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Officials watch events in southern hemisphere as swine flu rates in UK slow down

BMJ 2009; 339 doi: http://dx.doi.org/10.1136/bmj.b3263 (Published 07 August 2009) Cite this as: BMJ 2009;339:b3263
  1. Oona Mashta
  1. 1London

    Experts are closely monitoring how A/H1N1 influenza in the southern hemisphere, where the death rate from the virus is rising in some countries, to help predict what might happen in the United Kingdom over the winter months.

    The first wave of swine flu in England has passed its peak in recent days, indicate figures from the Health Protection Agency that show a substantial decrease in the overall number of new cases, doctors’ consultations, and use of the pandemic flu service.

    But in his weekly briefings on Thursday on the virus, England’s chief medical officer, Liam Donaldson, said that he was expecting a second wave.

    There were an estimated 30 000 new cases in England last week compared with 110 000 the week before.

    Admissions to hospital and the number of patients in critical care have lessened. In total, 530 patients were admitted to hospital in England last week; the previous week’s total was 793.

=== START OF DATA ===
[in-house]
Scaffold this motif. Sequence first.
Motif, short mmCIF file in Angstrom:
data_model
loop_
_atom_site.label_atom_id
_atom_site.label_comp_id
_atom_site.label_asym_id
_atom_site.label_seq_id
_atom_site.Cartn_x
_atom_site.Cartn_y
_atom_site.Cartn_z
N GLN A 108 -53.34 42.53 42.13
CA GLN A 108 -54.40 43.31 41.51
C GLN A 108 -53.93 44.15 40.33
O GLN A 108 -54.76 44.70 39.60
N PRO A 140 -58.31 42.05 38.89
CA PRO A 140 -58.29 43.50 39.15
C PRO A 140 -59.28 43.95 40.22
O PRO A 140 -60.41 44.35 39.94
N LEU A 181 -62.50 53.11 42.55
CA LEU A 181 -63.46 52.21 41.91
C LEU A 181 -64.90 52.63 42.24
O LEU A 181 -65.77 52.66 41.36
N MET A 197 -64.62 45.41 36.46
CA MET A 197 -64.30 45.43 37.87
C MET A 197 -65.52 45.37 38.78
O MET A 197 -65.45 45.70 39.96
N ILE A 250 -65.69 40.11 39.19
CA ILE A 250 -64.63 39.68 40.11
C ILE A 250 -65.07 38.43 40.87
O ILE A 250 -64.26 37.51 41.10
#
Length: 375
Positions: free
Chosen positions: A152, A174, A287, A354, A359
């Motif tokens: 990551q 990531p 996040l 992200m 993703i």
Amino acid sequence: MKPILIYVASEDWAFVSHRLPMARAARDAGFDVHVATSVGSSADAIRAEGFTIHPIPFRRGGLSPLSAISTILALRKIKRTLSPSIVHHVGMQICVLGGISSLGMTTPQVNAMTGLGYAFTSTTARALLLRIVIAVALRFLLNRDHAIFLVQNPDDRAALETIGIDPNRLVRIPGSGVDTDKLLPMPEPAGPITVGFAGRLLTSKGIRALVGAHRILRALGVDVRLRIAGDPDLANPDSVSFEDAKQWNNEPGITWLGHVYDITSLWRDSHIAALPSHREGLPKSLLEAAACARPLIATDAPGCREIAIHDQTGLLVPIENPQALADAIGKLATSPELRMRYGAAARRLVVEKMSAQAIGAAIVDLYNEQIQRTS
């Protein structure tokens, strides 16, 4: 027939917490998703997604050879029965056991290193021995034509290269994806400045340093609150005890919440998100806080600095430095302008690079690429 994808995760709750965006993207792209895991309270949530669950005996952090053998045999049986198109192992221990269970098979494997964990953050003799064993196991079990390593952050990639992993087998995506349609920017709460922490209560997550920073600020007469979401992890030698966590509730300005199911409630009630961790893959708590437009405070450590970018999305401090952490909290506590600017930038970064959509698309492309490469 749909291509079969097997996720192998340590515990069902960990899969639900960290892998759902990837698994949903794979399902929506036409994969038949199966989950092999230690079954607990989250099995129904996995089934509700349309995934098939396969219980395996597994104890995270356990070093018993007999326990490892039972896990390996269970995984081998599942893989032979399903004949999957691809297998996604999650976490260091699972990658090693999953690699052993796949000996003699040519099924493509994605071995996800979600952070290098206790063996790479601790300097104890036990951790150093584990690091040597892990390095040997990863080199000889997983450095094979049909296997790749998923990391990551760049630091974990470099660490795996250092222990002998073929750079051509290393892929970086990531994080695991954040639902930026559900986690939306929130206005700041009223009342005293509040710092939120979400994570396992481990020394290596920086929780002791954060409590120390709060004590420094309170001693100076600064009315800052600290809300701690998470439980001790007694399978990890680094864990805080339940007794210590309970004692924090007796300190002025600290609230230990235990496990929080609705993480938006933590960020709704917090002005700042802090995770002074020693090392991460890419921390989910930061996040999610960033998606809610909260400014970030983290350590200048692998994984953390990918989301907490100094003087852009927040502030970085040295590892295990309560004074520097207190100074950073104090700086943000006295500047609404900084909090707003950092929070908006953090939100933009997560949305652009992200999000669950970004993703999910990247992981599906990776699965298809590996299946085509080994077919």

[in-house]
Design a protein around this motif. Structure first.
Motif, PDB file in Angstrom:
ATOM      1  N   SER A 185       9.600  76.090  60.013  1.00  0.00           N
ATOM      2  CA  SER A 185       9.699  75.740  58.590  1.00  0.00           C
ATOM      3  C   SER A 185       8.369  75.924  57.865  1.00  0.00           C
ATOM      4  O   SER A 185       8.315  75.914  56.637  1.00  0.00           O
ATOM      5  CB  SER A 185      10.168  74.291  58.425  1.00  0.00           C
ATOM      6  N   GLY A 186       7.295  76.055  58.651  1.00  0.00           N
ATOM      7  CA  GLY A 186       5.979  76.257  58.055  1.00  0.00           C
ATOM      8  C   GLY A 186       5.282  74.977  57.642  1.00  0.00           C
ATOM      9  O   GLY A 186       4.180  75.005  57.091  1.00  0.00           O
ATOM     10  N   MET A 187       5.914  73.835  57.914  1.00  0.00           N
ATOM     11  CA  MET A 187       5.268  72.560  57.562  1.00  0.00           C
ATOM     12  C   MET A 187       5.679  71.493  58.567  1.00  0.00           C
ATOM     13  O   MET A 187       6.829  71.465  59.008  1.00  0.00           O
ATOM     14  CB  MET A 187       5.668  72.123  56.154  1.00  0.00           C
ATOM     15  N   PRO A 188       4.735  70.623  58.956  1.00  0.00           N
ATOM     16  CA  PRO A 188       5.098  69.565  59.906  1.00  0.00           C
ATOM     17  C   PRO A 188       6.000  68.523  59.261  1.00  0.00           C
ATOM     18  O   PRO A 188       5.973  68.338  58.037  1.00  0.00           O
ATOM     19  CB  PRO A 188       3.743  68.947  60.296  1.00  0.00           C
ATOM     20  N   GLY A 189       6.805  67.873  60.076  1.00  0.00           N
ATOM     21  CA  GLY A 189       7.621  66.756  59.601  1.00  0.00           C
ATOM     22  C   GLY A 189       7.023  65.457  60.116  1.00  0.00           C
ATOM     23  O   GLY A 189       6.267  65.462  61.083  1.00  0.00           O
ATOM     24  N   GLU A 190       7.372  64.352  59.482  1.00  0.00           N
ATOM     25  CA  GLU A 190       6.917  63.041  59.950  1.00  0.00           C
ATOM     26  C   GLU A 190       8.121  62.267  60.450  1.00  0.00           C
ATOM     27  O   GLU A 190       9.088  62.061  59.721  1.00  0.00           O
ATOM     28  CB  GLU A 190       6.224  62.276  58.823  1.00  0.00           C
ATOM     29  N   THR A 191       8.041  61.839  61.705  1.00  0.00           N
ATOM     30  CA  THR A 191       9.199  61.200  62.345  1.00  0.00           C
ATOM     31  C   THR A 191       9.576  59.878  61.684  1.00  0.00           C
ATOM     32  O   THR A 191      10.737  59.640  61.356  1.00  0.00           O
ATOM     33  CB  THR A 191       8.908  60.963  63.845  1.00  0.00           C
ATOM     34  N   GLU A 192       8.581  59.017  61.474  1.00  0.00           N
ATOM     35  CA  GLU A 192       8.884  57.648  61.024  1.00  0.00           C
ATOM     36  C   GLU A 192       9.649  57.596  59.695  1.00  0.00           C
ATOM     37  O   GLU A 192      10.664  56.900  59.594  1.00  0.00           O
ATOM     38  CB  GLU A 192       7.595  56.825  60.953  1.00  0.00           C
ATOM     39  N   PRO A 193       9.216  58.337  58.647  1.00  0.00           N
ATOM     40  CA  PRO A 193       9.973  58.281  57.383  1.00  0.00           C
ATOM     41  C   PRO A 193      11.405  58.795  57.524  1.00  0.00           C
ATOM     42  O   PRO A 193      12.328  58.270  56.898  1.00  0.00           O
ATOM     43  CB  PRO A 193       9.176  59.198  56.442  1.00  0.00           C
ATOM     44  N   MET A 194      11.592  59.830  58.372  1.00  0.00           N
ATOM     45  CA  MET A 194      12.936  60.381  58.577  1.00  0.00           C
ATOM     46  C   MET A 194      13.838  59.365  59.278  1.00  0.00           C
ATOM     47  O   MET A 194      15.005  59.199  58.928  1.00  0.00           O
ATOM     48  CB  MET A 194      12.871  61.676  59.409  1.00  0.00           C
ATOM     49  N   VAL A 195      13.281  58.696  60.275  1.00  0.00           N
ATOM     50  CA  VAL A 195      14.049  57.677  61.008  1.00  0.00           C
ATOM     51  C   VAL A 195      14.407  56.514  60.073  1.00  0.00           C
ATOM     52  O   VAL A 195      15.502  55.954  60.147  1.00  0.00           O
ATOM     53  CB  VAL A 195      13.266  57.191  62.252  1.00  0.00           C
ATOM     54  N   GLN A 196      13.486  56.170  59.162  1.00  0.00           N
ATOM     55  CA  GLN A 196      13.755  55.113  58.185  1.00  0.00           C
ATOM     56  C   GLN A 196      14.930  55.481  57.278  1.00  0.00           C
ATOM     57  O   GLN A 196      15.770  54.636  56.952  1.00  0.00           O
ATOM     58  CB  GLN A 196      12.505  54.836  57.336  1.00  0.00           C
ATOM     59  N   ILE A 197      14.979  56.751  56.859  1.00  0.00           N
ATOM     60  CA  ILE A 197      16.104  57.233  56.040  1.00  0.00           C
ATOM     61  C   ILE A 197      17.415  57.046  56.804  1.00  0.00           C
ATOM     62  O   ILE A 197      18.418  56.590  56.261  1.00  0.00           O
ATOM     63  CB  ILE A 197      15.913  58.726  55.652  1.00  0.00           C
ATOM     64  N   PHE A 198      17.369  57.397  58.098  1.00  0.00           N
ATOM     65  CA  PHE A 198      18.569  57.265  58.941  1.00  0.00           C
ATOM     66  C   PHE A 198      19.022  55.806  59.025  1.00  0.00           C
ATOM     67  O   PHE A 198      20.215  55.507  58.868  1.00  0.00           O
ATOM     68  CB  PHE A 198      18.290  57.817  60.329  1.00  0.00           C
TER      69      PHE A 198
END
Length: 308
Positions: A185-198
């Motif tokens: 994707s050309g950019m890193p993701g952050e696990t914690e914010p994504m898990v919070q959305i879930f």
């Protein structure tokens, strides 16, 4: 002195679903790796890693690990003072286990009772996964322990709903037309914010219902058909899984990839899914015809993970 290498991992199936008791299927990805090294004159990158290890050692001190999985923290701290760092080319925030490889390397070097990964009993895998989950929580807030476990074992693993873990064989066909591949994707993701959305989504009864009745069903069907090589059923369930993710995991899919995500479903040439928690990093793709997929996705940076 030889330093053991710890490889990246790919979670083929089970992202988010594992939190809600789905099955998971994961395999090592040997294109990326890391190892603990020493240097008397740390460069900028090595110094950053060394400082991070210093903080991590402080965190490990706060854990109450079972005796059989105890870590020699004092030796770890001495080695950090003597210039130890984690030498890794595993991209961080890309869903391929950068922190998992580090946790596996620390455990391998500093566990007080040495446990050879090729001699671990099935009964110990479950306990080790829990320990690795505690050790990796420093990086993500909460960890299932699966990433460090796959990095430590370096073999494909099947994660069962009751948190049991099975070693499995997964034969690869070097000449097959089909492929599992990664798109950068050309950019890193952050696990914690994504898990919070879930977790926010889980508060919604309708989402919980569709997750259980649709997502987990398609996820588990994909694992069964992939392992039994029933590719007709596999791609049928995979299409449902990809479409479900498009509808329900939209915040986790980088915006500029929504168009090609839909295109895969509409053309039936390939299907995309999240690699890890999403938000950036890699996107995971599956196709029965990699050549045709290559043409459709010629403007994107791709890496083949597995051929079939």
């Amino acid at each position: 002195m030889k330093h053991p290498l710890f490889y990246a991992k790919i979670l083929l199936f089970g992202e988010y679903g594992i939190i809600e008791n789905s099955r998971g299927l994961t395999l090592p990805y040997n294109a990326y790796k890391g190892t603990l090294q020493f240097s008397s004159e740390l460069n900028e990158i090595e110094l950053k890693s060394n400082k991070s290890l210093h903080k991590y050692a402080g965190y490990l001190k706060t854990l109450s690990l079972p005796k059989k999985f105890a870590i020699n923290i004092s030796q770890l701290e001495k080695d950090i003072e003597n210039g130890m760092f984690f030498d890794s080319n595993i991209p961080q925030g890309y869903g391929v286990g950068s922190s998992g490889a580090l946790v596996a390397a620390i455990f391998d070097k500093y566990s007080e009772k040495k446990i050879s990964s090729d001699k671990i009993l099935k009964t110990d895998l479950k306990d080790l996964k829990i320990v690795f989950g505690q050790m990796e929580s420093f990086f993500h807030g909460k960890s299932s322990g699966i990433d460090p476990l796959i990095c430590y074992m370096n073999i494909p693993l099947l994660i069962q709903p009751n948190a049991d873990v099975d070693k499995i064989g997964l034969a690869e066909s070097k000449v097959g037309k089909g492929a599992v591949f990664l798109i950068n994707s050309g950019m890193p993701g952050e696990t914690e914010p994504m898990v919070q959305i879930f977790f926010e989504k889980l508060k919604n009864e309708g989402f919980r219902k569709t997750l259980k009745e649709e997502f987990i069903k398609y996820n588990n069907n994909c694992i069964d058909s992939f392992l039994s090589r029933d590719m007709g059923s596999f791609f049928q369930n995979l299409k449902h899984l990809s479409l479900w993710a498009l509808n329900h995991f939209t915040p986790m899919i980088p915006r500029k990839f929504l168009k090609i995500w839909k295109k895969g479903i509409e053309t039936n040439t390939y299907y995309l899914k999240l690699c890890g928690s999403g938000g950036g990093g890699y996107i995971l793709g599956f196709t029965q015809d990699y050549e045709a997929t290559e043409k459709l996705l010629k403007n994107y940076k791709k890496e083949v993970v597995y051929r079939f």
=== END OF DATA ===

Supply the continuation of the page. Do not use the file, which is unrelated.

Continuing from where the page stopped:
The Health Protection Agency said that the number of deaths in England linked to swine flu rose by nine to 36 in the past week, a rise partly attributable to exactly when the deaths were confirmed as being related to swine flu.

    The number of confirmed deaths has risen to 337 in the past week in Argentina. There are also indications that Mexico, which was the first country to peak, has a second wave of the virus.

    Seventy seven people have died in Australia, 117 patients are in intensive care, and 422 in hospital, with 24 395 confirmed cases, official figures show.

    Officials have always predicted that rates of infection would fall away in the summer before a surge in the autumn to coincide with the normal flu season.

    Professor Donaldson said that predicting when a second wave would hit the UK is difficult.

    “It’s guesswork really. We would anticipate that when the schools go back, at some point after that it would rise.”

    Although the government is not considering delaying the reopening of all schools after the summer holidays to limit the spread of the infection, he said that individual local closures may occur in areas with prevalent infection.

    He added that the National Pandemic Flu Service, launched two weeks ago to take pressure off GPs, is “flexible enough” to scale up or down, depending on levels of swine flu.

    He said that there is no sign that the virus is mutating into a more severe form or developing resistance to antivirals, but distribution of the pandemic vaccine will still go ahead because not doing so would mean accepting some deaths not just this year but for several flu seasons afterwards.

    Notes

    Cite this as: BMJ 2009;339:b3263